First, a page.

Table 1 ELISA results for ALV p27 in cloacal swabs evaluated by the sELISA kit and virus isolation a S/P, OD650 values of a sample/OD650 value of the positive control
Fig. 1
figure 1

Results for different samples evaluated by an IFA and PCR. a IFA for identifying DF-1 cells infected with viral isolates using the monoclonal antibody 5D3; A, DF-1 cells infected with an isolate; B, noninfected DF-1 cells. b PCR results for the env genes of the isolates. Lane 1: 1-kb DNA marker; Lane 2: positive control; Lane 3: negative control; Lane 4–13: amplified env genes from samples 1–10, respectively

Novel ALV subgroup was found in the samples positive by sELISA but negative by commercial ELISA

To further identify the ALV subgroups in the samples identified as positive by sELISA but negative by commercial ELISA, genomic DNA was extracted from tissue samples (liver or spleen mixtures) (samples 1, 2, 3, 6, 8 and 9) or DF-1 cells infected with the four ALV isolates. A 2200-bp fragment covering the env gene of ALV was amplified by PCR using the extracted DNA as a template as described in Fig. 1b. Sequence analysis of the env gene showed that the isolates were phylogenetically close to the novel subgroup ALV strains JS11C1 and JS14ZC02 (Fig. 2). All these data demonstrated that the ALV viruses identified in all 10 samples belonged to the novel K subgroup of ALV.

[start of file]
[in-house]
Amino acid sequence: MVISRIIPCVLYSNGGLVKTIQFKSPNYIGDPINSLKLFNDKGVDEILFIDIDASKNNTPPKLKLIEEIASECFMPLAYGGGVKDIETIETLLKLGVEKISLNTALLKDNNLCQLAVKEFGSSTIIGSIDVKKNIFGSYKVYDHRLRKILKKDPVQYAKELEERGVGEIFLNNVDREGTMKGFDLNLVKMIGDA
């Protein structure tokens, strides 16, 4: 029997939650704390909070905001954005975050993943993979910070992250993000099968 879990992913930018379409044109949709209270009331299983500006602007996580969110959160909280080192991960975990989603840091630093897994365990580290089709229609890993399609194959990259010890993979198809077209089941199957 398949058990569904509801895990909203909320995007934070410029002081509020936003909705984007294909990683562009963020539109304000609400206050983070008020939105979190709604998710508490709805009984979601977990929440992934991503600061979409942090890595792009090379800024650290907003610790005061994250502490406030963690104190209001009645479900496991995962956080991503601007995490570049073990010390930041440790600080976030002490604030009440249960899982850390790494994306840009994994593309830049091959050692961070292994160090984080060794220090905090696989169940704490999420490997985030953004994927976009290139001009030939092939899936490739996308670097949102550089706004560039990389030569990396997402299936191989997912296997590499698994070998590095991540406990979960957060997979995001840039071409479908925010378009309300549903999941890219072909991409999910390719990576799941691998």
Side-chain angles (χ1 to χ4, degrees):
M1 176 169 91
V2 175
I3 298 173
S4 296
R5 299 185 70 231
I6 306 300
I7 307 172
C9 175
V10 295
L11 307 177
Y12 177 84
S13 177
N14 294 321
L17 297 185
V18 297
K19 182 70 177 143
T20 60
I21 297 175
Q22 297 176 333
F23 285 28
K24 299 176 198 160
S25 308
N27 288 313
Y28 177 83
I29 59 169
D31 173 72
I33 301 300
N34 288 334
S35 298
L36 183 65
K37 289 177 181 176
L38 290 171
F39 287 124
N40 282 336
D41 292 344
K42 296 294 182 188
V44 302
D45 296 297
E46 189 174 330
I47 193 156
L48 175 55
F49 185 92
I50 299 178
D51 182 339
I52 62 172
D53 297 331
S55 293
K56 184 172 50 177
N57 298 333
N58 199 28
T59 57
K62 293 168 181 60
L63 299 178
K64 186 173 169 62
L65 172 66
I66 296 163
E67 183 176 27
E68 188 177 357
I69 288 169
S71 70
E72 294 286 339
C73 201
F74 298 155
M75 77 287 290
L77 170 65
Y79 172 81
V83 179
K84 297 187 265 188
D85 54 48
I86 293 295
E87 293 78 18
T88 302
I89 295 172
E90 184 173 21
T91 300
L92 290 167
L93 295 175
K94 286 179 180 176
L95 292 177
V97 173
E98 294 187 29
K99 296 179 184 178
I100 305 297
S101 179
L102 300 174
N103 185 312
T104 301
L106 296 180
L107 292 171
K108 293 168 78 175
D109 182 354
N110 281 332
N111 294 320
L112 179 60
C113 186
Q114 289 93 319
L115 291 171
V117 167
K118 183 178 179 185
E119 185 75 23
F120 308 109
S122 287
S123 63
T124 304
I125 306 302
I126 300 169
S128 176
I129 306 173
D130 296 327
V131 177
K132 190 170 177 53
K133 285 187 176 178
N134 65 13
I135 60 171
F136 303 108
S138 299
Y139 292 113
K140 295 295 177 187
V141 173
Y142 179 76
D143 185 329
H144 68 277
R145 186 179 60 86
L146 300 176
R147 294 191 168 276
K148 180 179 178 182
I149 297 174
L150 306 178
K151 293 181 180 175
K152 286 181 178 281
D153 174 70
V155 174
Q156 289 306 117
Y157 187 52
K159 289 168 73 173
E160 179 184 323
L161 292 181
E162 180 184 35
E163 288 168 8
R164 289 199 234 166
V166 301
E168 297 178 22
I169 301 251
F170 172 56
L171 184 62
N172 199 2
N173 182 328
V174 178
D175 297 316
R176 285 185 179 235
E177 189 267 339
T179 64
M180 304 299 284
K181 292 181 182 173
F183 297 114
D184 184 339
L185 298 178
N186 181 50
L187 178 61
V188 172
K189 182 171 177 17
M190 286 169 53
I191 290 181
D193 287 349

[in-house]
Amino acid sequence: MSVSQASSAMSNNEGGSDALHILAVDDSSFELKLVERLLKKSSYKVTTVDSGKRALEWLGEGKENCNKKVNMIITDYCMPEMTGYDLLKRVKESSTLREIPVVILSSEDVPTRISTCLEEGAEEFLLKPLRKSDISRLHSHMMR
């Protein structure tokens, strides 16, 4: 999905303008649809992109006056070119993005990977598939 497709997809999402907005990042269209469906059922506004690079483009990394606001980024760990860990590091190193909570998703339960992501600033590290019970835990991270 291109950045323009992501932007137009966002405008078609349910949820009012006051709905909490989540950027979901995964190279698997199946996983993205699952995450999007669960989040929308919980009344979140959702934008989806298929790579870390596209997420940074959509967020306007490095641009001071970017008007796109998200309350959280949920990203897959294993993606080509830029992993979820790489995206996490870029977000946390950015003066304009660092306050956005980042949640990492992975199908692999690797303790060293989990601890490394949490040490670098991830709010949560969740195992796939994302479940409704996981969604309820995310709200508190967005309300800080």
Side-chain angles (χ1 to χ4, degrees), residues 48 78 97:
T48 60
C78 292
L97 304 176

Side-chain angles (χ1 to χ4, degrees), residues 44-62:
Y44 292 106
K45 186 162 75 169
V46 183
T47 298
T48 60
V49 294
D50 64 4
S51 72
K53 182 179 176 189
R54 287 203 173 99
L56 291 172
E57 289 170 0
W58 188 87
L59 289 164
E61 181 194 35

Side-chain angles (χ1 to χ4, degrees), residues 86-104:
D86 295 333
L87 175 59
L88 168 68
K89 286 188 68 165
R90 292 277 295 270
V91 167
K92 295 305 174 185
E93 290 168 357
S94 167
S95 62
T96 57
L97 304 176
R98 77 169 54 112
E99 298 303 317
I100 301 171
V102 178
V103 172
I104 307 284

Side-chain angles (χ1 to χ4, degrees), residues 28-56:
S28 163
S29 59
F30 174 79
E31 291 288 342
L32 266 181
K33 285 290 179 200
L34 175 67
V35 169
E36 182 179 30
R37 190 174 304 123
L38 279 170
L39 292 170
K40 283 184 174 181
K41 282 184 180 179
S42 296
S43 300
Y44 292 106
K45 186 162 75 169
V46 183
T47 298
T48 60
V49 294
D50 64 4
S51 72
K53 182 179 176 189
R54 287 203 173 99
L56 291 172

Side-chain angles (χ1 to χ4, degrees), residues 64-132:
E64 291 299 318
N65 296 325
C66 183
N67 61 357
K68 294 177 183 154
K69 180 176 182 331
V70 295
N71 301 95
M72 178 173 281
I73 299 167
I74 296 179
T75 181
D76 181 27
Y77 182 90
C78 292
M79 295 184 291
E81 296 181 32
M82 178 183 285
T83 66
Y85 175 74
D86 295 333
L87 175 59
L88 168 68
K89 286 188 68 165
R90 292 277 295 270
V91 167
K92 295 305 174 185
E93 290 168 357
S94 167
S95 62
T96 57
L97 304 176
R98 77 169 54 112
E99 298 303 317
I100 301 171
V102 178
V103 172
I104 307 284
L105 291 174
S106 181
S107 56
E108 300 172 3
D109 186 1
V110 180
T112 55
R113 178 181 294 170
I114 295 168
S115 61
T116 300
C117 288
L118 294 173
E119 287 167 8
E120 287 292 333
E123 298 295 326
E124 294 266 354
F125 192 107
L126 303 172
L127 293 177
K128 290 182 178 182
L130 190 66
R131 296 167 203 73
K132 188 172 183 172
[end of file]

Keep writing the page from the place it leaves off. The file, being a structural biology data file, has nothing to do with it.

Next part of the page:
Fig. 2
figure 2

Comparison of env gene sequences of the positive samples (1–10) with those of other ALVs. Phylogenetic tree analysis using the neighbor-joining method (bootstrap method with 1000 replicates). ALV subgroups A-E and J are shown on the right. Bars, substitutions per nucleotide position